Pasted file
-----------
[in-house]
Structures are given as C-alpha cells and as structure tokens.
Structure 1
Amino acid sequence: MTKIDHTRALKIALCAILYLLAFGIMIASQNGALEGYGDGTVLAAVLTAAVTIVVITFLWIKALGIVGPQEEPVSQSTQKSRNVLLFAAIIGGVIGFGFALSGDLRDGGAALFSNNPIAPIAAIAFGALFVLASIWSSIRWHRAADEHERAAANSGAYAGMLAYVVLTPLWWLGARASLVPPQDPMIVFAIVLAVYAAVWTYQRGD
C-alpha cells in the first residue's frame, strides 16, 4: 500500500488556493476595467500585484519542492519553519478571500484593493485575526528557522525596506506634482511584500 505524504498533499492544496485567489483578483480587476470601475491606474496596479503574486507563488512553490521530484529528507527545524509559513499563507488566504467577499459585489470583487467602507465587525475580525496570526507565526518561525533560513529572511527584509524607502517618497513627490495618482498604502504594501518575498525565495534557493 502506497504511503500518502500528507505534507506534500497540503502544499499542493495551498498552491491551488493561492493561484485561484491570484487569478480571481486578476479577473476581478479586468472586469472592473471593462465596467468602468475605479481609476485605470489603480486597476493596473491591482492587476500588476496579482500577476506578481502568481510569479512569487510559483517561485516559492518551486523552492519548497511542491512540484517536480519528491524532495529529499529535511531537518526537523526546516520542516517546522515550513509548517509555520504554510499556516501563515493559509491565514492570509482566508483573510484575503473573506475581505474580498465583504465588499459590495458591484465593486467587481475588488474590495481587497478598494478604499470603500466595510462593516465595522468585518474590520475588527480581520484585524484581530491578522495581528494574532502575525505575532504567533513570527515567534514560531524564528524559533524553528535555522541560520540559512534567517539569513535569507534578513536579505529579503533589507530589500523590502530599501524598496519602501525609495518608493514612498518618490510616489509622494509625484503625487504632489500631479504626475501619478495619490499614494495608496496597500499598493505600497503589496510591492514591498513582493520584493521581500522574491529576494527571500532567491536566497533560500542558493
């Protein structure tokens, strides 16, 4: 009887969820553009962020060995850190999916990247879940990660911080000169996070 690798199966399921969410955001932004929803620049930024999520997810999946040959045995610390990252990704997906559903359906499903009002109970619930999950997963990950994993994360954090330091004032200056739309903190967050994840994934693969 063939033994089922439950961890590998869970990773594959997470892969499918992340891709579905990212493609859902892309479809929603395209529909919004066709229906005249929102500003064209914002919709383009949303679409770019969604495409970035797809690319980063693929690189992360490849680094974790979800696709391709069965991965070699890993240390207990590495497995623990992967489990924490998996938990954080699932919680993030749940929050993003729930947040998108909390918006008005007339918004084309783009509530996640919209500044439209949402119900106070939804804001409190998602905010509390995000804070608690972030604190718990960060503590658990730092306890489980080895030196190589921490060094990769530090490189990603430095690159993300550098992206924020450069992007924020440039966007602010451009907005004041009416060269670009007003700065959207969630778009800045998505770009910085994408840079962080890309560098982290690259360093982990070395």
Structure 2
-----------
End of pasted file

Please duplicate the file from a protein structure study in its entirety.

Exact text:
[in-house]
Structures are given as C-alpha cells and as structure tokens.
Structure 1
Amino acid sequence: MTKIDHTRALKIALCAILYLLAFGIMIASQNGALEGYGDGTVLAAVLTAAVTIVVITFLWIKALGIVGPQEEPVSQSTQKSRNVLLFAAIIGGVIGFGFALSGDLRDGGAALFSNNPIAPIAAIAFGALFVLASIWSSIRWHRAADEHERAAANSGAYAGMLAYVVLTPLWWLGARASLVPPQDPMIVFAIVLAVYAAVWTYQRGD
C-alpha cells in the first residue's frame, strides 16, 4: 500500500488556493476595467500585484519542492519553519478571500484593493485575526528557522525596506506634482511584500 505524504498533499492544496485567489483578483480587476470601475491606474496596479503574486507563488512553490521530484529528507527545524509559513499563507488566504467577499459585489470583487467602507465587525475580525496570526507565526518561525533560513529572511527584509524607502517618497513627490495618482498604502504594501518575498525565495534557493 502506497504511503500518502500528507505534507506534500497540503502544499499542493495551498498552491491551488493561492493561484485561484491570484487569478480571481486578476479577473476581478479586468472586469472592473471593462465596467468602468475605479481609476485605470489603480486597476493596473491591482492587476500588476496579482500577476506578481502568481510569479512569487510559483517561485516559492518551486523552492519548497511542491512540484517536480519528491524532495529529499529535511531537518526537523526546516520542516517546522515550513509548517509555520504554510499556516501563515493559509491565514492570509482566508483573510484575503473573506475581505474580498465583504465588499459590495458591484465593486467587481475588488474590495481587497478598494478604499470603500466595510462593516465595522468585518474590520475588527480581520484585524484581530491578522495581528494574532502575525505575532504567533513570527515567534514560531524564528524559533524553528535555522541560520540559512534567517539569513535569507534578513536579505529579503533589507530589500523590502530599501524598496519602501525609495518608493514612498518618490510616489509622494509625484503625487504632489500631479504626475501619478495619490499614494495608496496597500499598493505600497503589496510591492514591498513582493520584493521581500522574491529576494527571500532567491536566497533560500542558493
């Protein structure tokens, strides 16, 4: 009887969820553009962020060995850190999916990247879940990660911080000169996070 690798199966399921969410955001932004929803620049930024999520997810999946040959045995610390990252990704997906559903359906499903009002109970619930999950997963990950994993994360954090330091004032200056739309903190967050994840994934693969 063939033994089922439950961890590998869970990773594959997470892969499918992340891709579905990212493609859902892309479809929603395209529909919004066709229906005249929102500003064209914002919709383009949303679409770019969604495409970035797809690319980063693929690189992360490849680094974790979800696709391709069965991965070699890993240390207990590495497995623990992967489990924490998996938990954080699932919680993030749940929050993003729930947040998108909390918006008005007339918004084309783009509530996640919209500044439209949402119900106070939804804001409190998602905010509390995000804070608690972030604190718990960060503590658990730092306890489980080895030196190589921490060094990769530090490189990603430095690159993300550098992206924020450069992007924020440039966007602010451009907005004041009416060269670009007003700065959207969630778009800045998505770009910085994408840079962080890309560098982290690259360093982990070395």
Structure 2